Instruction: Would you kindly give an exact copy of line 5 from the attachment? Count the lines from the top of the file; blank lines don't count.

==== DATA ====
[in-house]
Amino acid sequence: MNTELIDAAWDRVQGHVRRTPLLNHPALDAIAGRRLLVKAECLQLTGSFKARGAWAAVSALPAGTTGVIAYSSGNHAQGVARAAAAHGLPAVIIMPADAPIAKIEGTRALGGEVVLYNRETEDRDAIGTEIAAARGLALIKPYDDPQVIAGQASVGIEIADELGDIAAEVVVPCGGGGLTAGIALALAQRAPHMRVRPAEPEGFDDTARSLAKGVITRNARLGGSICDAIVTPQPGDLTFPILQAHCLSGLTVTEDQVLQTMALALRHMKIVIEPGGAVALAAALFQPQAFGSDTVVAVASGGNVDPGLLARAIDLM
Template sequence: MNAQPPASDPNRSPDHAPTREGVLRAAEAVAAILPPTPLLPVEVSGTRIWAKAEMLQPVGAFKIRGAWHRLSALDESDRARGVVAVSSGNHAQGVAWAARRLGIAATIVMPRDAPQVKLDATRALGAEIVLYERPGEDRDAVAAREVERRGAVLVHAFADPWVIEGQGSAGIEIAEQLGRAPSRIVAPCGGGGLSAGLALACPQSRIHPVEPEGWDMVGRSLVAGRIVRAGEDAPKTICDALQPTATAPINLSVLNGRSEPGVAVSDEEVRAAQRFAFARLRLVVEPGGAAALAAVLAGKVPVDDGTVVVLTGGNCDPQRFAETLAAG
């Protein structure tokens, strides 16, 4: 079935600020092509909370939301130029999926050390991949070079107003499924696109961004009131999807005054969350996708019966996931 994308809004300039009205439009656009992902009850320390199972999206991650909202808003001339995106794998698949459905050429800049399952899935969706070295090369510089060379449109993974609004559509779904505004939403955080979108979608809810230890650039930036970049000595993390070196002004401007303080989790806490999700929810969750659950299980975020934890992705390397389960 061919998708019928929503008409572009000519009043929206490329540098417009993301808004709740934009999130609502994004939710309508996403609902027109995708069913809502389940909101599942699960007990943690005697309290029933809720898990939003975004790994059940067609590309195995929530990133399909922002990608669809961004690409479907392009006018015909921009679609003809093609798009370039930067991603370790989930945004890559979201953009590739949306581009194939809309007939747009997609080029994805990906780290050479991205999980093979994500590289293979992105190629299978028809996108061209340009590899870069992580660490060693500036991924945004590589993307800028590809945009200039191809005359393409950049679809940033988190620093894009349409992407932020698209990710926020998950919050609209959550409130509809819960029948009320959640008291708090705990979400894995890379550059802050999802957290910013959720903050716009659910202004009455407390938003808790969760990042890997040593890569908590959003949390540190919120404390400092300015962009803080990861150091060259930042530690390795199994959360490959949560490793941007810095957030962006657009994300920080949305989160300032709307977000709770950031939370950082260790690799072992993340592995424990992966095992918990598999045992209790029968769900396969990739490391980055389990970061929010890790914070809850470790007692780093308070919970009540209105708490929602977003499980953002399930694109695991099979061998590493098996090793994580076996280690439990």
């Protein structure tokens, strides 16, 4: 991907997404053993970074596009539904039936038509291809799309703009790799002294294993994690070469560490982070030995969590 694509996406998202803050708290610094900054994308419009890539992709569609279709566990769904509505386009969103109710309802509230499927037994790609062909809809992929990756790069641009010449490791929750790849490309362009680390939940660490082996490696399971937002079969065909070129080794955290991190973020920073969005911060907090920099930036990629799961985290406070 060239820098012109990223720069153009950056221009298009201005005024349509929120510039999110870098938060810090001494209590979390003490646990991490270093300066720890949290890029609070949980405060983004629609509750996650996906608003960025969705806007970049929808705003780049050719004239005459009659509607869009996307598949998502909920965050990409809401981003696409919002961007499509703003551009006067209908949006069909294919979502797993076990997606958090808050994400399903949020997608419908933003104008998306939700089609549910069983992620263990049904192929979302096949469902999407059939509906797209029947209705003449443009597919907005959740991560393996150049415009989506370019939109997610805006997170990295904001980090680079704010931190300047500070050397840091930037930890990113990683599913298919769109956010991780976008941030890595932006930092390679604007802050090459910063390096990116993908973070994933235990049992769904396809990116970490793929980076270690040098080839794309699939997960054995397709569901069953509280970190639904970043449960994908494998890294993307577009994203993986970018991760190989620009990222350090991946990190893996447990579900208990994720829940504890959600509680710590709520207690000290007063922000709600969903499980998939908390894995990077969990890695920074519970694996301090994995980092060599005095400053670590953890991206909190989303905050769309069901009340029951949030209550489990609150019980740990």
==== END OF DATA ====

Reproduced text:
């Protein structure tokens, strides 16, 4: 991907997404053993970074596009539904039936038509291809799309703009790799002294294993994690070469560490982070030995969590 694509996406998202803050708290610094900054994308419009890539992709569609279709566990769904509505386009969103109710309802509230499927037994790609062909809809992929990756790069641009010449490791929750790849490309362009680390939940660490082996490696399971937002079969065909070129080794955290991190973020920073969005911060907090920099930036990629799961985290406070 060239820098012109990223720069153009950056221009298009201005005024349509929120510039999110870098938060810090001494209590979390003490646990991490270093300066720890949290890029609070949980405060983004629609509750996650996906608003960025969705806007970049929808705003780049050719004239005459009659509607869009996307598949998502909920965050990409809401981003696409919002961007499509703003551009006067209908949006069909294919979502797993076990997606958090808050994400399903949020997608419908933003104008998306939700089609549910069983992620263990049904192929979302096949469902999407059939509906797209029947209705003449443009597919907005959740991560393996150049415009989506370019939109997610805006997170990295904001980090680079704010931190300047500070050397840091930037930890990113990683599913298919769109956010991780976008941030890595932006930092390679604007802050090459910063390096990116993908973070994933235990049992769904396809990116970490793929980076270690040098080839794309699939997960054995397709569901069953509280970190639904970043449960994908494998890294993307577009994203993986970018991760190989620009990222350090991946990190893996447990579900208990994720829940504890959600509680710590709520207690000290007063922000709600969903499980998939908390894995990077969990890695920074519970694996301090994995980092060599005095400053670590953890991206909190989303905050769309069901009340029951949030209550489990609150019980740990």